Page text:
The start of the trip was along the same gravel road on the way to Rob Roy glacier, so the terrain was already familiar. The Niger stream plummeted down a hillside, cutting the canyon, on a rancher's private property, so Deep Canyon had an arrangement with him to set up operations on his property and use his canyon. We gathered our wet suits and other equipment (including old donated sneakers, which amusing for everyone on the tour) at the bottom of the canyon and started the hike up to the top. This was a bit more challenging than I had expected, as the hill was quite steep and in some areas there were only loose footholds on which to step and push yourself upwards. After we got to the top, Chris, a young laid-back Kiwi, typical of many adventure guides bouncing from summer job to winter job around the country, helped us getting our gear on. This was more difficult than it sounds, as the two-piece wet suits were extremely snug, and needed to be for the 50F water temperature.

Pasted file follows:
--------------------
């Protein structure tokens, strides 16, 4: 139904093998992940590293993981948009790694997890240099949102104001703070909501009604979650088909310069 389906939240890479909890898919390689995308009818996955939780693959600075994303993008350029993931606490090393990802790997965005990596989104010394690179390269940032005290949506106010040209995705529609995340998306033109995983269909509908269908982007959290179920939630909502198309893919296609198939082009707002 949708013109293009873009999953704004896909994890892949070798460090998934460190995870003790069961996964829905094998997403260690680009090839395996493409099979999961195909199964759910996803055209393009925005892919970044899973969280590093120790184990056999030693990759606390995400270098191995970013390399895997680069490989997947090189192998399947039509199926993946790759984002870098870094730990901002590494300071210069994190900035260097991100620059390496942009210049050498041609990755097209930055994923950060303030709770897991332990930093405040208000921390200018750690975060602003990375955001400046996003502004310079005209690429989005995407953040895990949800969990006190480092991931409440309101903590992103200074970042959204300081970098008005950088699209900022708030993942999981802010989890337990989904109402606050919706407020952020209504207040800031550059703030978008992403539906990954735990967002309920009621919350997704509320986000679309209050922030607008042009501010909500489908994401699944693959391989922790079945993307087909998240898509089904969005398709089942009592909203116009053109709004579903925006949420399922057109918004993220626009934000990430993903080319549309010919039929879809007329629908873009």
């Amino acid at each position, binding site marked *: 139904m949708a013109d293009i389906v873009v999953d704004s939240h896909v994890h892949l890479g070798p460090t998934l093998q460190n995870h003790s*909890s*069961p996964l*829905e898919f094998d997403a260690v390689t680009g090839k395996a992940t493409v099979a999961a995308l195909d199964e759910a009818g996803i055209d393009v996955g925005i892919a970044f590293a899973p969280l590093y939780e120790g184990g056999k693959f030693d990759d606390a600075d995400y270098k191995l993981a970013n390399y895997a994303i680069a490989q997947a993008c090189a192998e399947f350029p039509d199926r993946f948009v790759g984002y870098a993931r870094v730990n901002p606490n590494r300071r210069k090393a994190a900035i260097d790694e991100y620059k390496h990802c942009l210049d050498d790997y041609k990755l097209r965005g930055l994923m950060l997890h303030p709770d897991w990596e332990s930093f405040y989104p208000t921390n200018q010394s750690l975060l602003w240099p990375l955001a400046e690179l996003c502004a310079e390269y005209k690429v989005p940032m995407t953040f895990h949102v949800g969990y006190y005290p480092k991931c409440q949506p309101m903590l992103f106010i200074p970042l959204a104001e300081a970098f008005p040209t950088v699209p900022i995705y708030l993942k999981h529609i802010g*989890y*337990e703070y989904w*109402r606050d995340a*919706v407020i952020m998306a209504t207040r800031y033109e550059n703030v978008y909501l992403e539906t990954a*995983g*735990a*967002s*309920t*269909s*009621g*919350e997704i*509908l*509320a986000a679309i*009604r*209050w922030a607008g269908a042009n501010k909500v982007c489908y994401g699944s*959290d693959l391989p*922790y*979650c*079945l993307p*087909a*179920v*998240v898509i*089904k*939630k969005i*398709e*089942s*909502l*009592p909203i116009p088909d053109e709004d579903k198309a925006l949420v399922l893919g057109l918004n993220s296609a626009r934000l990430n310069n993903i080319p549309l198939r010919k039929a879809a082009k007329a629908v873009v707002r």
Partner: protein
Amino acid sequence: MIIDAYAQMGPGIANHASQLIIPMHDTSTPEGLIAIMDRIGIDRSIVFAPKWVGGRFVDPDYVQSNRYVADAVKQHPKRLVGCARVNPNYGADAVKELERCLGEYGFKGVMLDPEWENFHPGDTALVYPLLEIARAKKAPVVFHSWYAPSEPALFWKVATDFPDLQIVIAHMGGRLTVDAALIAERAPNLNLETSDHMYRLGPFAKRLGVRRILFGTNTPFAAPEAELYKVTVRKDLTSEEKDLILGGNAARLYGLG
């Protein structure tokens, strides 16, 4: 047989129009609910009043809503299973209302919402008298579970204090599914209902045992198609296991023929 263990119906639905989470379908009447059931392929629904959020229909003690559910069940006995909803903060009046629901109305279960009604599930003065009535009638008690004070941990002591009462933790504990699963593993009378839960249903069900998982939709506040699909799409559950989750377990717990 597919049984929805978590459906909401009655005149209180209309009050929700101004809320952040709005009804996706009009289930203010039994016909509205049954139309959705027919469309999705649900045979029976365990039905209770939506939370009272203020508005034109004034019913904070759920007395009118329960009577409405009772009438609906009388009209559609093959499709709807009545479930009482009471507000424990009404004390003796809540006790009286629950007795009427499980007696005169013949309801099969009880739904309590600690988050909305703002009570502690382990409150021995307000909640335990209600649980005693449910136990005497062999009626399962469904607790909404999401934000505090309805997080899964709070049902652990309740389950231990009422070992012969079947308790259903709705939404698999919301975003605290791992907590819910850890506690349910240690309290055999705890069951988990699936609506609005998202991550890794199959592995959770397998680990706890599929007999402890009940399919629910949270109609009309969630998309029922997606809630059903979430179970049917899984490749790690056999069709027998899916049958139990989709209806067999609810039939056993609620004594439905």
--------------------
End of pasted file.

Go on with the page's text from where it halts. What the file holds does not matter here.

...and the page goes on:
We then got about 5 minutes of instruction on how to abseil (or rappel) on the hillside and some other key safety instructions. At first I thought it was very minimal instruction for people who had never done this before, but they know what they are doing and you find that much of it is mind-over-body and that you learn as you go. They don't really do anything that puts you in harm's way, unless you are just being really stupid and reckless. The drop into the canyon was our first real practice rappelling, and although it was steeper than the practice hill, it was just on grippy dirt and rock so it was no problem. But a few short minutes later, we were doing a 20m vertical rappel into a water fall in our first 'wtf' moment. The rappel actually took you into the water fall, where the water pounded your head and body as you tried to make it down as quickly as possible without being able to see much. It was very nerve-racking at first, but you quickly found yourself wanting to tackle the next challenge to see how you would do.